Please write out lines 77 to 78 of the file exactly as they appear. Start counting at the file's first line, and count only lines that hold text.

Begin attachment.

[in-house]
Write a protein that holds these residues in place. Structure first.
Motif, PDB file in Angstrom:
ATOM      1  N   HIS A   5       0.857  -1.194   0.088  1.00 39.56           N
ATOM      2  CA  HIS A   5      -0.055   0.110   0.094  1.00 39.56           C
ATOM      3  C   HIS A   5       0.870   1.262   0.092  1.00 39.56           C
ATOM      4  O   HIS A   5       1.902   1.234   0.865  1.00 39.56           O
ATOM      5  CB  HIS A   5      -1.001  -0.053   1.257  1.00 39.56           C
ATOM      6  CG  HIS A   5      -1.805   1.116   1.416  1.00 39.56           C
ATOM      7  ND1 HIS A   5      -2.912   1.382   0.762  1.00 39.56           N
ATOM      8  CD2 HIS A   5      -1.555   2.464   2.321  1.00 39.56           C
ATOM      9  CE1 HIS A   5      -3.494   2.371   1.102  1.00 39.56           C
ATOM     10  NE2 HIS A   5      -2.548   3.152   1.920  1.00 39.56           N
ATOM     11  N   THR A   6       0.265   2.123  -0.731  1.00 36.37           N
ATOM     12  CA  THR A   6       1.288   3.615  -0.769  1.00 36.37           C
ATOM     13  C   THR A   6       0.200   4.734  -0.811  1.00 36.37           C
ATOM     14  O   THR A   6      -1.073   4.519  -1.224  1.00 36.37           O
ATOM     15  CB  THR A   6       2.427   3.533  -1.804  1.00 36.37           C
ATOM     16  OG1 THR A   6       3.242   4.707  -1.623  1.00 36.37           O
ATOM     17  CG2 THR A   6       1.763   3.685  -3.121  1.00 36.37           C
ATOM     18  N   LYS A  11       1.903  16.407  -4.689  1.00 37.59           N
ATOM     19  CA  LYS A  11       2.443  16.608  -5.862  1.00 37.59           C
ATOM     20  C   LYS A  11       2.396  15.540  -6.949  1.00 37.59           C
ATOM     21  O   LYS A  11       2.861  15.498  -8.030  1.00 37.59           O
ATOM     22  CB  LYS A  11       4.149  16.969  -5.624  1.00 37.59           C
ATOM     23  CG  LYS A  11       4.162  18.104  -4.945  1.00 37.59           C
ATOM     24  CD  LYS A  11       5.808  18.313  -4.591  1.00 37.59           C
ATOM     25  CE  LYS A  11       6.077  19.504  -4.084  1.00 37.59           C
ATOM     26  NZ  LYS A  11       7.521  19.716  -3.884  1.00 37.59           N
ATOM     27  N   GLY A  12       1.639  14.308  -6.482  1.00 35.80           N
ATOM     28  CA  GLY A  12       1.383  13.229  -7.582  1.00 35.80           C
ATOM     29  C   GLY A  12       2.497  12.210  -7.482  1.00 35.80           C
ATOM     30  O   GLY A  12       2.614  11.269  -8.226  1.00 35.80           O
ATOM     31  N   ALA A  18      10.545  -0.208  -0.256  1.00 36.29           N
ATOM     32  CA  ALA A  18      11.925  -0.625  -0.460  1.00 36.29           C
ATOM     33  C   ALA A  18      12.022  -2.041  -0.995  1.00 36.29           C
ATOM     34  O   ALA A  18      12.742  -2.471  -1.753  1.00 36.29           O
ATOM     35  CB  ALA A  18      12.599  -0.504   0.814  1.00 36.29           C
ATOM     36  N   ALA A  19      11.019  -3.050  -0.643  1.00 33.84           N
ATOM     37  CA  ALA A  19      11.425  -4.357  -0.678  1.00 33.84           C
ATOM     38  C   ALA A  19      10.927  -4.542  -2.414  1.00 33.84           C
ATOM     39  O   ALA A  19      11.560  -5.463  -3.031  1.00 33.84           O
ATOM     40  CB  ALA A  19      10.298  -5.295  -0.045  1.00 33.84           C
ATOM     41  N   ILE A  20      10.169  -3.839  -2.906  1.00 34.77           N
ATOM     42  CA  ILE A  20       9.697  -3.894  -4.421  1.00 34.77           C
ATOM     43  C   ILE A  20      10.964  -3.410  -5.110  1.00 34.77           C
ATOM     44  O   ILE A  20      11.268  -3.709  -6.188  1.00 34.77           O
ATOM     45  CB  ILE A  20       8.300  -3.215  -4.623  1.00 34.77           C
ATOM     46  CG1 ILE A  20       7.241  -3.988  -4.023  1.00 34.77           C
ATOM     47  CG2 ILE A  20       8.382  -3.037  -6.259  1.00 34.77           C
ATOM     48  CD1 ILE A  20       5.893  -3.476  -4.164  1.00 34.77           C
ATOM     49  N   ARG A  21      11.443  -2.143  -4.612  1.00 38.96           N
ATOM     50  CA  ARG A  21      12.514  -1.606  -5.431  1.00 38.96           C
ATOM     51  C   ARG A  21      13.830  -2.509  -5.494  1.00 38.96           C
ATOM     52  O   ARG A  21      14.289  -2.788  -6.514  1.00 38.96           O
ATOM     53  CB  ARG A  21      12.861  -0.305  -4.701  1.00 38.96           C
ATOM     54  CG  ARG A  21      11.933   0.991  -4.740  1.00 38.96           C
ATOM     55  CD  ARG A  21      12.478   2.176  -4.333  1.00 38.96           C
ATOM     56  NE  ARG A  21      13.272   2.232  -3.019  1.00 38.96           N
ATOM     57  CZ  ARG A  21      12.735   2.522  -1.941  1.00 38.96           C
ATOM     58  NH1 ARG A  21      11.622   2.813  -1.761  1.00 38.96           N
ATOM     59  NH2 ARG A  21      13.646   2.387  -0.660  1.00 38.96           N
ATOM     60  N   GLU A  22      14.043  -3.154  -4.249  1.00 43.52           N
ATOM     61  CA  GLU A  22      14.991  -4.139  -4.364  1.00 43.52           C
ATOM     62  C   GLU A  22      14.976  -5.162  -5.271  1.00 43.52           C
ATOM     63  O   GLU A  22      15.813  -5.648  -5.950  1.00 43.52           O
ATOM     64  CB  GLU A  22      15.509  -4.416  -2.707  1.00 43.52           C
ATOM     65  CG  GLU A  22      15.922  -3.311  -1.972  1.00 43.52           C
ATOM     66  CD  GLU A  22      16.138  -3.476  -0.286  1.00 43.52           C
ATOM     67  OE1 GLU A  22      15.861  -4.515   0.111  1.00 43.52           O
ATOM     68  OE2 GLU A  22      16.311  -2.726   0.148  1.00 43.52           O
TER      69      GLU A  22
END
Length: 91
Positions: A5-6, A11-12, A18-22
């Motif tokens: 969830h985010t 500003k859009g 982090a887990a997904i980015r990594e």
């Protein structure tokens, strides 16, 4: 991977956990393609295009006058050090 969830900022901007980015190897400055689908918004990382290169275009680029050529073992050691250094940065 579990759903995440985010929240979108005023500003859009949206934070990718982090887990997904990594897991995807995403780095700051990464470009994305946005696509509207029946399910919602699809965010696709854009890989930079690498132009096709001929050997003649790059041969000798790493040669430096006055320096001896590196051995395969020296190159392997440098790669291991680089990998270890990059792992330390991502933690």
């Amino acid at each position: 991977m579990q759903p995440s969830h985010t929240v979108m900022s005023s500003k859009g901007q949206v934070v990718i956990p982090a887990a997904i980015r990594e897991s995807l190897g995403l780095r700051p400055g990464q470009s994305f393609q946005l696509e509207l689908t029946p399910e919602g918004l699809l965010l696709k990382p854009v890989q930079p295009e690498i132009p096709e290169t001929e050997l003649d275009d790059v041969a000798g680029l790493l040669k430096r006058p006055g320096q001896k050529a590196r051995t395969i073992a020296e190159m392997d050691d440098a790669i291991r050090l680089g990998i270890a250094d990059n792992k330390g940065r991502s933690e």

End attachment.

């Protein structure tokens, strides 16, 4: 991977956990393609295009006058050090 969830900022901007980015190897400055689908918004990382290169275009680029050529073992050691250094940065 579990759903995440985010929240979108005023500003859009949206934070990718982090887990997904990594897991995807995403780095700051990464470009994305946005696509509207029946399910919602699809965010696709854009890989930079690498132009096709001929050997003649790059041969000798790493040669430096006055320096001896590196051995395969020296190159392997440098790669291991680089990998270890990059792992330390991502933690």
């Amino acid at each position: 991977m579990q759903p995440s969830h985010t929240v979108m900022s005023s500003k859009g901007q949206v934070v990718i956990p982090a887990a997904i980015r990594e897991s995807l190897g995403l780095r700051p400055g990464q470009s994305f393609q946005l696509e509207l689908t029946p399910e919602g918004l699809l965010l696709k990382p854009v890989q930079p295009e690498i132009p096709e290169t001929e050997l003649d275009d790059v041969a000798g680029l790493l040669k430096r006058p006055g320096q001896k050529a590196r051995t395969i073992a020296e190159m392997d050691d440098a790669i291991r050090l680089g990998i270890a250094d990059n792992k330390g940065r991502s933690e």